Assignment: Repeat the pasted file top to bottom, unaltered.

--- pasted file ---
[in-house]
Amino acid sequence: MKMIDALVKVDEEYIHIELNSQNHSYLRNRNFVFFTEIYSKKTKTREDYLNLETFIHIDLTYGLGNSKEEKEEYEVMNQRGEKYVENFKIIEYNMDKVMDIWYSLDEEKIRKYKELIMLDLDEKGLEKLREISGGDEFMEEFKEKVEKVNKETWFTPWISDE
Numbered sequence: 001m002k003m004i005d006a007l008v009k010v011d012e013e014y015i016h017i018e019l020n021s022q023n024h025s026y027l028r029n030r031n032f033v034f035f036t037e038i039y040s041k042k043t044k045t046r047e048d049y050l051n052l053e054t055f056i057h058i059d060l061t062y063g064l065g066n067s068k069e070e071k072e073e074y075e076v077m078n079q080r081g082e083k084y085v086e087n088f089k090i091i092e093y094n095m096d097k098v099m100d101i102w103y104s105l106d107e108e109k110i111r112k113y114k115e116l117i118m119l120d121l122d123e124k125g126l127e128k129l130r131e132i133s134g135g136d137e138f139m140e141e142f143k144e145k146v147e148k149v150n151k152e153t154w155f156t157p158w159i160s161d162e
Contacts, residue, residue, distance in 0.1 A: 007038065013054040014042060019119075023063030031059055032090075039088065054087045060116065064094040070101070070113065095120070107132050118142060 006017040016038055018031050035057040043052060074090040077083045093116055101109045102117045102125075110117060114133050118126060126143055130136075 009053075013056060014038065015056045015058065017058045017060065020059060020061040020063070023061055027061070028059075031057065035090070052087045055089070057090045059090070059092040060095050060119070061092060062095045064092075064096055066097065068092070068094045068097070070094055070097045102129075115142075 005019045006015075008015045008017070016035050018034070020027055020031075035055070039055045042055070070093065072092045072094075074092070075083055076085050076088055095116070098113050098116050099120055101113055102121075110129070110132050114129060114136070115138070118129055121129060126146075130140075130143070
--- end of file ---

[in-house]
Amino acid sequence: MKMIDALVKVDEEYIHIELNSQNHSYLRNRNFVFFTEIYSKKTKTREDYLNLETFIHIDLTYGLGNSKEEKEEYEVMNQRGEKYVENFKIIEYNMDKVMDIWYSLDEEKIRKYKELIMLDLDEKGLEKLREISGGDEFMEEFKEKVEKVNKETWFTPWISDE
Numbered sequence: 001m002k003m004i005d006a007l008v009k010v011d012e013e014y015i016h017i018e019l020n021s022q023n024h025s026y027l028r029n030r031n032f033v034f035f036t037e038i039y040s041k042k043t044k045t046r047e048d049y050l051n052l053e054t055f056i057h058i059d060l061t062y063g064l065g066n067s068k069e070e071k072e073e074y075e076v077m078n079q080r081g082e083k084y085v086e087n088f089k090i091i092e093y094n095m096d097k098v099m100d101i102w103y104s105l106d107e108e109k110i111r112k113y114k115e116l117i118m119l120d121l122d123e124k125g126l127e128k129l130r131e132i133s134g135g136d137e138f139m140e141e142f143k144e145k146v147e148k149v150n151k152e153t154w155f156t157p158w159i160s161d162e
Contacts, residue, residue, distance in 0.1 A: 007038065013054040014042060019119075023063030031059055032090075039088065054087045060116065064094040070101070070113065095120070107132050118142060 006017040016038055018031050035057040043052060074090040077083045093116055101109045102117045102125075110117060114133050118126060126143055130136075 009053075013056060014038065015056045015058065017058045017060065020059060020061040020063070023061055027061070028059075031057065035090070052087045055089070057090045059090070059092040060095050060119070061092060062095045064092075064096055066097065068092070068094045068097070070094055070097045102129075115142075 005019045006015075008015045008017070016035050018034070020027055020031075035055070039055045042055070070093065072092045072094075074092070075083055076085050076088055095116070098113050098116050099120055101113055102121075110129070110132050114129060114136070115138070118129055121129060126146075130140075130143070